On The Radio – Majority of Iowa waterways exceeded nitrate levels after May rains


Data from the Iowa Water Quality Information System
Data from the Iowa Water Quality Information System
Nick Fetty | May 30, 2016

This week’s On The Radio segment discusses high nitrate levels detected in Iowa waterways after heavy precipitation in early May.

Transcript: Majority of Iowa waterways exceeded nitrate levels after May rains

Data from the Iowa Water Quality Information System showed that more than half of Iowa’s waterways being monitored exceeded the nitrate threshold for drinking water after a week of heavy rains in early May.

This is the Iowa Environmental Focus.

Weeks of warm spring temperatures followed by consistent rain throughout the state may have contributed to a spike in nitrate in Iowa’s waterways. The nitrate was washed out of fields where it had previously been applied in fertilizers, either as part of the planting process or in the form of anhydrous ammonia in the fall. Nitrate is a pollutant that must be removed at water treatment plants before water can be suitable for drinking, sometimes at great cost to the plants.

For more information about the Iowa Water Quality Information System and a useful tutorial on the program, visit IowaEnvironmentalFocus.org.

From the UI Center for Global & Regional Environmental Research, I’m Betsy Stone.

On The Radio – New online tool provides users with data for Iowa’s streams and rivers


An icy section of the Raccoon River near Columbus Park in Des Moines. (Michael Leland/Flickr)
An icy section of the Raccoon River near Columbus Park in Des Moines. (Michael Leland/Flickr)
Nick Fetty | February 15, 2016

This week’s On The Radio segment looks at a new interactive tool created by researchers at the University of Iowa that allows users to access data about Iowa’s streams and rivers.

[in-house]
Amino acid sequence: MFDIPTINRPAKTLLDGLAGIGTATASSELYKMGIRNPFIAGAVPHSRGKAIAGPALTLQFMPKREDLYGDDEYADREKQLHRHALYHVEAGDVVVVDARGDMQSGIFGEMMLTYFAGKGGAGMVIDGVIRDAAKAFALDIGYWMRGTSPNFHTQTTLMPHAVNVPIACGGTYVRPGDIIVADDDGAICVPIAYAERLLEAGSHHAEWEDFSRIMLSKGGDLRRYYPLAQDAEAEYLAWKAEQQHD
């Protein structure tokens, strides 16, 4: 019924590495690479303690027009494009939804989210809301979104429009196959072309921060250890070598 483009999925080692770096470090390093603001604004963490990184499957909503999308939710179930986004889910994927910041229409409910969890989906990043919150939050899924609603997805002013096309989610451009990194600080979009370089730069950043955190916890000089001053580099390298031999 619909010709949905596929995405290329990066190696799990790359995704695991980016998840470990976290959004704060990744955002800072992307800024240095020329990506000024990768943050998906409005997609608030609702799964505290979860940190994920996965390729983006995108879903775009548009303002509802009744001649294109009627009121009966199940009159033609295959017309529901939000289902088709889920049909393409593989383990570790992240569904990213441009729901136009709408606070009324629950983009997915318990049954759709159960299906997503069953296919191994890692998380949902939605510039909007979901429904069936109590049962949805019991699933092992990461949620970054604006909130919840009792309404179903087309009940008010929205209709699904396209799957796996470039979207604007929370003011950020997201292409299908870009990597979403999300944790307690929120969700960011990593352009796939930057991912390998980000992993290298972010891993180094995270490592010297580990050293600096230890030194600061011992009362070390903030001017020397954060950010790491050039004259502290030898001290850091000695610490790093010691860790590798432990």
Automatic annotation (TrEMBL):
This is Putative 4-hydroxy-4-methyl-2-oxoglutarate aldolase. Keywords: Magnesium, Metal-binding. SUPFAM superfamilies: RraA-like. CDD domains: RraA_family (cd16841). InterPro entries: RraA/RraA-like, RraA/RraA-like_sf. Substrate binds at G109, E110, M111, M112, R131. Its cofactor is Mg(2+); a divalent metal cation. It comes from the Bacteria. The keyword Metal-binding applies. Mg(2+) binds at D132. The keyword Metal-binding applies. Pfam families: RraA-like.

Transcript: New online tool provides users with data for Iowa’s streams and rivers

An innovative tool developed by scientists at the University of Iowa will give Iowans a wealth of easily accessible water quality information.

This is the Iowa Environmental Focus.

The Iowa Water Quality Information System, or IWQIS (“eye-kwis”), is a web-based tool that offers access to real time water quality information including nutrient data, flow rates, and water temperatures for Iowa’s streams and rivers. IWQIS uses data from sensors deployed by IIHR—Hydroscience & Engineering at the University of Iowa and the United States Geological Survey along most streams and rivers in the state. This information is available in an interactive map that’s accessible on any web browser.

By helping Iowans understand the transport of nutrients in the state’s waterways, IWQIS is a valuable tool to help policy makers evaluate the success of the Iowa Nutrient Reduction Strategy. Users can easily see the total amount of nutrients being carried along a waterway at a certain time and compare those levels to previous years.

For more information about IWQIS and a tutorial on how to use the site, visit IowaEnvironmentalFocus.org.

From the UI Center for Global & Regional Environmental Research, I’m Betsy Stone.